Brigham Young College: The Founding of BYC
The Founding of BYC
In the spring of 1874, while inspecting a church farm near Logan, Utah, Brigham Young told those present of his plans to found Brigham Young College:
On and by the use of this tract of land we will establish a free educational institution to accommodate from 500 to 1000 young people where they can spend all their time for a period of from four to six years in acquiring a liberal and scientific education as complete as can be found in any part of the world.
But besides that, every young man must learn a trade, such as blacksmithing, carpentry, wheelwright, masonry, etc., and also scientific farming and stock raising. Every young woman must learn to spin, weave, cut, sew, dairying, poultry raising, flower gardening, etc. About one-third of the time of each student should be given to the institution in actual work on the farm in dairying or shops for its maintenance.
The gospel, true theology, must be taught and practiced by all, both students and teachers. Any young men or women of good moral character should be admitted, whether members of the church or not, but while there must live the lives of good Latter-day Saints. They must keep the Word of Wisdom, no intoxicating liquor or tobacco will be kept, sold or used in the institution.
After graduation, each student should be equipped free with a set of tools for his particular trade, a team and wagon, farming implements made at the institution worth about $500 so he could start right out producing results.
Brigham Young’s vision for this institution was never fully realized to such an extent; however, many aspects were incorporated during the school’s 49-year history most notably offerings of a liberal and scientific education as well as a focus on studying the teachings of the Church of Jesus Christ of Latter-day Saints (LDS).
On July 24, 1877, Brigham Young deeded to BYC 9,642 acres as an endowment to help support the college. The land was located in the area now known as College Ward and also included areas of Wellsville, western Millville, and Providence. The name College Ward is in reference to its early connection with BYC. All the rent payments and other profits received from this land were to be used for the benefit of the College.
The parties named in the Deed of Trust, met August 7, 1877, accepted the trust and organized as a Board with the following officers: Brigham Young Jr., President; Milton D. Hammond, Treasurer; and Ida lone Cook, Secretary. Members included William B. Preston, Moses Thatcher, Charles O. Card, and George W. Thatcher.
Before the college could be established, Brigham Young died on August 29, 1877. The 1884-85 Prospectus of BYC reflects the reactions of the time in relation to the college’s establishment: “Before the close of the same month the people of Utah were called upon to mourn the death of their wise counsellor, leader and friend, which sad event unquestionably retarded greatly the early growth of the College, the founding of which was one of his last acts of a public nature.”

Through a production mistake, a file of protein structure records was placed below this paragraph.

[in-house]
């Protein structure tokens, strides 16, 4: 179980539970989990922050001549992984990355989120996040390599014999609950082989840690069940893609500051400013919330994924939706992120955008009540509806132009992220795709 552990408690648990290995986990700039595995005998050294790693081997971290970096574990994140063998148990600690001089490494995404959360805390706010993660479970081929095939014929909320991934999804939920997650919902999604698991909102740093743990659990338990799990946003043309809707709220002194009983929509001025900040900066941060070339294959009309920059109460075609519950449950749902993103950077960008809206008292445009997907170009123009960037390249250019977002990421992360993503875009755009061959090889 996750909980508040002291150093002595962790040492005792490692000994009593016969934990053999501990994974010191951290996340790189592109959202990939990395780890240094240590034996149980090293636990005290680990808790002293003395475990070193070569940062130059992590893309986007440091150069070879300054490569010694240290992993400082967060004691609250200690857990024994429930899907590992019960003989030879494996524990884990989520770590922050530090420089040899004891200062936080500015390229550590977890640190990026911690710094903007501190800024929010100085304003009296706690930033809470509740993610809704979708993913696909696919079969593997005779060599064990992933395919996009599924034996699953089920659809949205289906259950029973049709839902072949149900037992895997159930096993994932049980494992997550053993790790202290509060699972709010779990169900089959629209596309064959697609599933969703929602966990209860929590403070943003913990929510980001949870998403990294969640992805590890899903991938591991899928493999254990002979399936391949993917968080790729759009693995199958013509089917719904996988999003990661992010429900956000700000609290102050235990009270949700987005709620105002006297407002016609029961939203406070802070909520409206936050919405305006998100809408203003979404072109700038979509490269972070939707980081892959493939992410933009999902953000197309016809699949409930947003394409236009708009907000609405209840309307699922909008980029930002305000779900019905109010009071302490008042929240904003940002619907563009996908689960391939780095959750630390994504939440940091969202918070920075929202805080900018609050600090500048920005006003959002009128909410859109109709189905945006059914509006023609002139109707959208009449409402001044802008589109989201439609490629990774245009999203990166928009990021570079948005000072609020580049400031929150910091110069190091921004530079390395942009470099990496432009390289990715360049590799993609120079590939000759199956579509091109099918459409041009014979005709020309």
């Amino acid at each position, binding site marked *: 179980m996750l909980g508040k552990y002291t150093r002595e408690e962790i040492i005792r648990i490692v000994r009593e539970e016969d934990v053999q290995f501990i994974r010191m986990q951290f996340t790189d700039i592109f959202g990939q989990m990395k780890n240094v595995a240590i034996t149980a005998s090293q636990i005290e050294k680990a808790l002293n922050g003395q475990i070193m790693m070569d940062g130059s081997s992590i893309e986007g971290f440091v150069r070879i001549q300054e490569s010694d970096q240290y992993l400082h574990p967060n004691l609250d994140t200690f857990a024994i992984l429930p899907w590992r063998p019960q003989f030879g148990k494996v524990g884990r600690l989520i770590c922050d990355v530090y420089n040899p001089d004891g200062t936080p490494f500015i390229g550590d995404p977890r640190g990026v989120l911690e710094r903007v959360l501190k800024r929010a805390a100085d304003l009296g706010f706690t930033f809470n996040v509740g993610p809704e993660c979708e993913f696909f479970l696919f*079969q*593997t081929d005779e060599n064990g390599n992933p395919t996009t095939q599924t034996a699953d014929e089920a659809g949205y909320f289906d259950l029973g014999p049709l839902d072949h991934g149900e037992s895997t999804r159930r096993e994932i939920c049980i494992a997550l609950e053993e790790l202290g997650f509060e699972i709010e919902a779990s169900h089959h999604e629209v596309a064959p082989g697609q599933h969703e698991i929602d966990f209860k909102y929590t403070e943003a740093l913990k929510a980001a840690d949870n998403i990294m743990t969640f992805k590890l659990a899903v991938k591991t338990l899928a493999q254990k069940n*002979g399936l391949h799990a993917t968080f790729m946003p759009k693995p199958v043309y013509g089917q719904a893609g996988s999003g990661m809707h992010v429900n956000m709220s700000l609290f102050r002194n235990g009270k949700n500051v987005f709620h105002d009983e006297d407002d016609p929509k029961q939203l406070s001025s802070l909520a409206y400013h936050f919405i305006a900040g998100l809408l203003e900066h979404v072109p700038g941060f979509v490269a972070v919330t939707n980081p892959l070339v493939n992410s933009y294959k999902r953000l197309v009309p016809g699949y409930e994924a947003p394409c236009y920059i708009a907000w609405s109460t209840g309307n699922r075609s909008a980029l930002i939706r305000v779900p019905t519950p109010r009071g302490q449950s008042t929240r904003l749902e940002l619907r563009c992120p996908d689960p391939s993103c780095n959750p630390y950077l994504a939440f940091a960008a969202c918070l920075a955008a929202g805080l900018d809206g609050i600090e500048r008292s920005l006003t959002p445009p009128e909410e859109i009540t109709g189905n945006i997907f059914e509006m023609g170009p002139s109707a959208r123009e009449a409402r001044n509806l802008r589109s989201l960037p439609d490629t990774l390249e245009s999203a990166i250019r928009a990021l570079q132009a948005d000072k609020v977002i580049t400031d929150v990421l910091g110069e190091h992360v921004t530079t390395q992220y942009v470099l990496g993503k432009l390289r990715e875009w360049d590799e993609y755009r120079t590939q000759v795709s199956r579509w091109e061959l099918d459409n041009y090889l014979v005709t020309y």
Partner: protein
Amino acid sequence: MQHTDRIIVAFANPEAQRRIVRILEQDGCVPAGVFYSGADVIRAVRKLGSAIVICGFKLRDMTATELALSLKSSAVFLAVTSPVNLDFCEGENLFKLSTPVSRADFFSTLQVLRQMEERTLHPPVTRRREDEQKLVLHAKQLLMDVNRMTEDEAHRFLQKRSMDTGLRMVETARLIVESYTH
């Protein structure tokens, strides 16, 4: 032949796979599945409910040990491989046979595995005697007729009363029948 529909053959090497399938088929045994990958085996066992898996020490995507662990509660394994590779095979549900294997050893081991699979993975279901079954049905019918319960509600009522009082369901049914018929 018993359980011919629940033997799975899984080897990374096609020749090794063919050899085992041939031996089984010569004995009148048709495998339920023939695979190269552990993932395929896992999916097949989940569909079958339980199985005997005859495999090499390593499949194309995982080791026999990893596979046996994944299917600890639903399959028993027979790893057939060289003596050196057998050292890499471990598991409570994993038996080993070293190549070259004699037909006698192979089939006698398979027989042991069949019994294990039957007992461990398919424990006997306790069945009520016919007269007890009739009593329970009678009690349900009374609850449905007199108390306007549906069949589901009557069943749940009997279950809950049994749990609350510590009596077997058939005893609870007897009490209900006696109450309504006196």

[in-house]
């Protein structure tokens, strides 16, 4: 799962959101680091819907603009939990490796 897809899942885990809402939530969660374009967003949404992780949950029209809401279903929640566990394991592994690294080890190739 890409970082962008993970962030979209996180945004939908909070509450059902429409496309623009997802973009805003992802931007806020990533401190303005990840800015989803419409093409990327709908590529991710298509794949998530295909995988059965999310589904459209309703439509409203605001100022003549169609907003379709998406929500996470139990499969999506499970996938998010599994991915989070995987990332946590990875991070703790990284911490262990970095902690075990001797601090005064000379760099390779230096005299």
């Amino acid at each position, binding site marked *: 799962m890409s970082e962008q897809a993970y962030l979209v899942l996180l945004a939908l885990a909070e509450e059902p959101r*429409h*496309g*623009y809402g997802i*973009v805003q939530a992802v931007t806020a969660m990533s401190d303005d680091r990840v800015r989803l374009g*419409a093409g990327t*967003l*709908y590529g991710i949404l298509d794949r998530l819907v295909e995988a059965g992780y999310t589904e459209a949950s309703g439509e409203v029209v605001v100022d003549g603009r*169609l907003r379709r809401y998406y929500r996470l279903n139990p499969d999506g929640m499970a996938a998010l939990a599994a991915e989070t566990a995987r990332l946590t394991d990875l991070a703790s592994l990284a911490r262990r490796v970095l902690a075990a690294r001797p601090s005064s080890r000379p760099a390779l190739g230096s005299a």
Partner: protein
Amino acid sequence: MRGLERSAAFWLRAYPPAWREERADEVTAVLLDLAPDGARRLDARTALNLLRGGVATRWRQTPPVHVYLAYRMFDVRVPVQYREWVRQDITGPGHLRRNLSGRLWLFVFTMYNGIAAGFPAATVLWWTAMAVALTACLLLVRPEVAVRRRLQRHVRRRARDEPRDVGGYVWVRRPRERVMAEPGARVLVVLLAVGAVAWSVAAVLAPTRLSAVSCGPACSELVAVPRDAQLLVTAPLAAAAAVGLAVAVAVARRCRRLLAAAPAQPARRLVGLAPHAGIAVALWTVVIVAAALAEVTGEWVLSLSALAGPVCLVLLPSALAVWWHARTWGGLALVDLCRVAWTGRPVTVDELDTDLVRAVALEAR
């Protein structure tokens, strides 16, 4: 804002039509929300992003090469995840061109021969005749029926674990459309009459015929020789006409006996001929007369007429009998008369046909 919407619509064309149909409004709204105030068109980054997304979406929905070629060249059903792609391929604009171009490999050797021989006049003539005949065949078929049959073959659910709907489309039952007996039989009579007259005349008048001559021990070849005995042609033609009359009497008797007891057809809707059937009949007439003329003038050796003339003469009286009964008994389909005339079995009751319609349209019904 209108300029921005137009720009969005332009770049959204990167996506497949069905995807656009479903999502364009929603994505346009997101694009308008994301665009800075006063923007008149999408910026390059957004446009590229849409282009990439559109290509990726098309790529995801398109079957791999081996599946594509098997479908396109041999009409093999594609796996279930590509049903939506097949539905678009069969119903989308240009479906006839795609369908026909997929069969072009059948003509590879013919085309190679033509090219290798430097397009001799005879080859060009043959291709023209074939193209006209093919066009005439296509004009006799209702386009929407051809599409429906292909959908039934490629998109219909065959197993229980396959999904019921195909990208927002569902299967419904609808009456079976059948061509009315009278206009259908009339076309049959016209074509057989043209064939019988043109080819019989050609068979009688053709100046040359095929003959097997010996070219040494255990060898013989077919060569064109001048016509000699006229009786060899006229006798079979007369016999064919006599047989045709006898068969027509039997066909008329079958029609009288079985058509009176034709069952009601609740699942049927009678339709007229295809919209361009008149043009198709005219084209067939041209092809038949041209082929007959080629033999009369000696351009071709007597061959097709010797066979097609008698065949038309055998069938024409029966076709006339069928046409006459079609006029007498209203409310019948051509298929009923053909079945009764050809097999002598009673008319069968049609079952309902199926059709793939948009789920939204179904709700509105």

President Young was very desirous to have the first term of the College opened in September 1877; however, the unavoidable delay in renting the land which constituted the endowment and source of revenue of the College, combined with other causes such as the death of Brigham Young, prevented the opening in 1877, and the College was not opened until September 9, 1878. The 1926 BYC Memorial Program notes that the College began with one teacher (Miss Ida Ione Cook) and 71 students. The courses offered that first year were: reading, penmanship, orthography, grammar, geography, mathematics, and the New Testament, Book of Mormon, and Doctrine and Covenants.
From 1878 to 1894, BYC was a small struggling normal school preparing students to become elementary school teachers. BYC in its first six years held classes at two temporary sites. The first classes took place in rooms rented in the Logan City Hall, also known as Lindquist Hall, located on First East and Second North. The school outgrew this building after five years and had to hold classes for the school year 1883-1884 in the basement of the Logan Tabernacle while waiting for its first permanent building to be completed. Other sites used included the Thatcher Opera House located at the corner of Main Street and Center Street (burned down in 1912) and the old Amussen residence on the corner of First West and Center Street. This location was later the home of the Budge Hospital and the school used it as a nurse training school.
In 1895 the BYC used three large classrooms in the Preston Block. This building was home of the old tithing office located on First North, east of Main Street. The College initially used the classroom space for English and mathematics. In 1903, BYC used the space for training school activities. The Woodruff School, one of the local public schools, was also used by BYC as a normal training center for students learning to become teachers. This building was located on First South and First West.